When an iterator is advanced beyond the last element it is by definition equal to the special end iterator value. The following example shows a typical use of an iterator.

   ContainerType  C;  // Any standard container type, like std::list<sometype>
   ContainerType::iterator A = C.begin();
   ContainerType::iterator Z = C.end();
   while( A != Z ) {
       ContainerType::value_type  value = *A;
       std::cout << value << std::endl;

There are many varieties of iterators each with slightly different behavior, including: forward, reverse, and bidirectional iterators; random-access iterators; input and output iterators; and const iterators (which protect the container or its elements from modification). However not every type of container supports every type of iterator. It is possible for users to create their own iterator types by deriving subclasses from the standard std::iterator class template.

Iterator safety is defined separately for the different types of standard containers, in some cases the iterator is very permissive in allowing the container to change while iterating.


Introduced in the Java 1.2 standard, the java.util.Iterator interface allows one to iterate container classes. Each Iterator provides a next() and hasNext() method, and may optionally support a remove() method. Iterators are created by the method iterator() provided by the corresponding container class.

The next() method will advance the iterator and then return the value pointed to by that iterator. When first created an iterator points to a special value before the first element, so that the first element is obtained upon the first call to next(). To determine when all the elements in the container have been visited the hasNext() test method is used. The following example shows a simple use of iterators:

   Iterator it = list.iterator();
   while (it.hasNext()) {
       Object val =;

For collection types which support it, the remove() method of the iterator may be used to remove the most recently visited element from the container. Most other types of modification to the container while iterating are unsafe.


Iterators in Python are a fundamental part of the language and in many cases go unseen as they are implicitly used with the for-statement. All of Python's standard built-in sequence types support iteratation, as well as many classes which are part of the standard library. The following example shows typical implicit iteration over a sequence:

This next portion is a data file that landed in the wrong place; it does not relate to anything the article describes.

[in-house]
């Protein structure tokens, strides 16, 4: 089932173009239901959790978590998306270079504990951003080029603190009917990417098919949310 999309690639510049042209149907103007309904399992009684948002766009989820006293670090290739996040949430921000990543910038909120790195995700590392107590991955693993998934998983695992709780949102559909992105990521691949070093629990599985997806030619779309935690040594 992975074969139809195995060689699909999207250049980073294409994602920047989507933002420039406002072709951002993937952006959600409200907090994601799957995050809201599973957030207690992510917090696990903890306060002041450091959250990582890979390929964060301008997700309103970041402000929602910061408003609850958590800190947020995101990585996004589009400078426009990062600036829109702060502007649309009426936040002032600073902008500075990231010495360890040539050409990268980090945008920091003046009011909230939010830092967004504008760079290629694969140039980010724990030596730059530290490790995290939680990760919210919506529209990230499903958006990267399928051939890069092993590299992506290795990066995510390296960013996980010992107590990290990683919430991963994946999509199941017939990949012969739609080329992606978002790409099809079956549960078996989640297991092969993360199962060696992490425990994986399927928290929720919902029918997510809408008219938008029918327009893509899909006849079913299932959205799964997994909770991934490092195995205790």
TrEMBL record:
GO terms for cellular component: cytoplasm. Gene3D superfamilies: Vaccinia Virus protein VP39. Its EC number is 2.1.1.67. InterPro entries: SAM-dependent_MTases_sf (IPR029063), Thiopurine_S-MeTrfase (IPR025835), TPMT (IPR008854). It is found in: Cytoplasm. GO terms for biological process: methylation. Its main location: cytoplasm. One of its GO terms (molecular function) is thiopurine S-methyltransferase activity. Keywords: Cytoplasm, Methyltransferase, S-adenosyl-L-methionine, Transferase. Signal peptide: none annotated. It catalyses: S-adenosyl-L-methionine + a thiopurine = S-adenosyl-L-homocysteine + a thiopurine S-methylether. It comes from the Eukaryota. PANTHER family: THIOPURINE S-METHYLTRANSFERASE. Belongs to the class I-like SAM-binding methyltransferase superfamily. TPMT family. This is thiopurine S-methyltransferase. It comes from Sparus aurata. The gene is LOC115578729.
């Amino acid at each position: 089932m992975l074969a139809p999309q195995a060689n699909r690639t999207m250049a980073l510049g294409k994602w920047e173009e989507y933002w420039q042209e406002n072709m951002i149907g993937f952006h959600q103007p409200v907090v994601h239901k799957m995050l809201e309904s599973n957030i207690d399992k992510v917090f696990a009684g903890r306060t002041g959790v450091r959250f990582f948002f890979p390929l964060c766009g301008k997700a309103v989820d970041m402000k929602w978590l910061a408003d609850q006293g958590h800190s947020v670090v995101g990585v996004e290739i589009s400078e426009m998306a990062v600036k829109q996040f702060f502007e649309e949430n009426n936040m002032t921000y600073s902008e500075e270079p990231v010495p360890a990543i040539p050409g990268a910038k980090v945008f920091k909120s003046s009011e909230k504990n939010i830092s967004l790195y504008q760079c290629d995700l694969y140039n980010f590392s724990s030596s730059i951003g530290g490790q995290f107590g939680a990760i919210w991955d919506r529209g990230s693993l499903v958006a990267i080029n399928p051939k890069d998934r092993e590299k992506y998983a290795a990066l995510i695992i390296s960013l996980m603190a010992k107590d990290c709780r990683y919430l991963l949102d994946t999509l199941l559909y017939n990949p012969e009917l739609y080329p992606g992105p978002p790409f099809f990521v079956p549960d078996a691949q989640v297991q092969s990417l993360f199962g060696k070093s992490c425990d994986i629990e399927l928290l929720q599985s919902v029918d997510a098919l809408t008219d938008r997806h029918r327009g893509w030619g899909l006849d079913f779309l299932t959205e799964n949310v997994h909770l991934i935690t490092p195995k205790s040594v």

for value in sequence:
       print value

Iterators however can be used and defined explicitly. For any iteratable sequence type or class, the builtin function iter() is used to create an iterator object. The iterator object then provides a next() method which returns the next element in the container. It will raise a StopIteration error when no more elements are left. The following example shows an equivalent iteration over a sequence using explicit iterators:

   it = iter(sequence)
       while True:
   except StopIteration:

Any user defined class can support standard iteration (either implicit or explicit) by defining an __iter__() method which creates an iterator object. The iterator object then needs to define a next() method which returns the next element..

Python also supports generators, which are a special type of iterator over some unrealized collection. A generator is a '"frozen" function. After each value is yielded, the state of the function is frozen until it is called again, at which point execution resumes from where the 'yield' statement left off, with all function variables as they were at the previous call. Here is an example of a generator that returns each number of the Fibonacci sequence:

   def fibo_gen():
       x = 0
       y = 1
       while True:
           yield x
           x, y = y, x+y

See also

External links

ja:イテレータ pl:Iterator


Academic Kids Menu

  • Art and Cultures
    • Art (
    • Architecture (
    • Cultures (
    • Music (
    • Musical Instruments (
  • Biographies (
  • Clipart (
  • Geography (
    • Countries of the World (
    • Maps (
    • Flags (
    • Continents (
  • History (
    • Ancient Civilizations (
    • Industrial Revolution (
    • Middle Ages (
    • Prehistory (
    • Renaissance (
    • Timelines (
    • United States (
    • Wars (
    • World History (
  • Human Body (
  • Mathematics (
  • Reference (
  • Science (
    • Animals (
    • Aviation (
    • Dinosaurs (
    • Earth (
    • Inventions (
    • Physical Science (
    • Plants (
    • Scientists (
  • Social Studies (
    • Anthropology (
    • Economics (
    • Government (
    • Religion (
    • Holidays (
  • Space and Astronomy
    • Solar System (
    • Planets (
  • Sports (
  • Timelines (
  • Weather (
  • US States (


  • Home Page (
  • Contact Us (

  • Clip Art (
Personal tools